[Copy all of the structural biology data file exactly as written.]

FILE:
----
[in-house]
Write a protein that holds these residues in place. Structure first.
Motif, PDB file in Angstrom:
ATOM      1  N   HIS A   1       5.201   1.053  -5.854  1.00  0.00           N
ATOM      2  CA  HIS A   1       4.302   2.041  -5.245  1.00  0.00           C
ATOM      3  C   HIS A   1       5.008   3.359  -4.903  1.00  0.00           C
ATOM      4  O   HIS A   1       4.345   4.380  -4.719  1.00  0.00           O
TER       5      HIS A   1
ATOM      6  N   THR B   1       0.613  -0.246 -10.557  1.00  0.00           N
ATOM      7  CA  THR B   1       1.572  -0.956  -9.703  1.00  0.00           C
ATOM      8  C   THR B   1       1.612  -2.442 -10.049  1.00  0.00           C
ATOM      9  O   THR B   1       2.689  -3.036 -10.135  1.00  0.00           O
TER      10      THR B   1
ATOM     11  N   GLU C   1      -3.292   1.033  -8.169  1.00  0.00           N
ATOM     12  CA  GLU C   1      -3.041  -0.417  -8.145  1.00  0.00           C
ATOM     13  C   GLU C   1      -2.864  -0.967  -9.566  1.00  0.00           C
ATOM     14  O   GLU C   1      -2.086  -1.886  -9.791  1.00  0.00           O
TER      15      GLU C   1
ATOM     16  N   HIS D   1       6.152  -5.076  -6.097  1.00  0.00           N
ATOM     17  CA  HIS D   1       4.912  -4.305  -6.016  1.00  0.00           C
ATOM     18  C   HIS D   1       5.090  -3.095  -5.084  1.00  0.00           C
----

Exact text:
[in-house]
Write a protein that holds these residues in place. Structure first.
Motif, PDB file in Angstrom:
ATOM      1  N   HIS A   1       5.201   1.053  -5.854  1.00  0.00           N
ATOM      2  CA  HIS A   1       4.302   2.041  -5.245  1.00  0.00           C
ATOM      3  C   HIS A   1       5.008   3.359  -4.903  1.00  0.00           C
ATOM      4  O   HIS A   1       4.345   4.380  -4.719  1.00  0.00           O
TER       5      HIS A   1
ATOM      6  N   THR B   1       0.613  -0.246 -10.557  1.00  0.00           N
ATOM      7  CA  THR B   1       1.572  -0.956  -9.703  1.00  0.00           C
ATOM      8  C   THR B   1       1.612  -2.442 -10.049  1.00  0.00           C
ATOM      9  O   THR B   1       2.689  -3.036 -10.135  1.00  0.00           O
TER      10      THR B   1
ATOM     11  N   GLU C   1      -3.292   1.033  -8.169  1.00  0.00           N
ATOM     12  CA  GLU C   1      -3.041  -0.417  -8.145  1.00  0.00           C
ATOM     13  C   GLU C   1      -2.864  -0.967  -9.566  1.00  0.00           C
ATOM     14  O   GLU C   1      -2.086  -1.886  -9.791  1.00  0.00           O
TER      15      GLU C   1
ATOM     16  N   HIS D   1       6.152  -5.076  -6.097  1.00  0.00           N
ATOM     17  CA  HIS D   1       4.912  -4.305  -6.016  1.00  0.00           C
ATOM     18  C   HIS D   1       5.090  -3.095  -5.084  1.00  0.00           C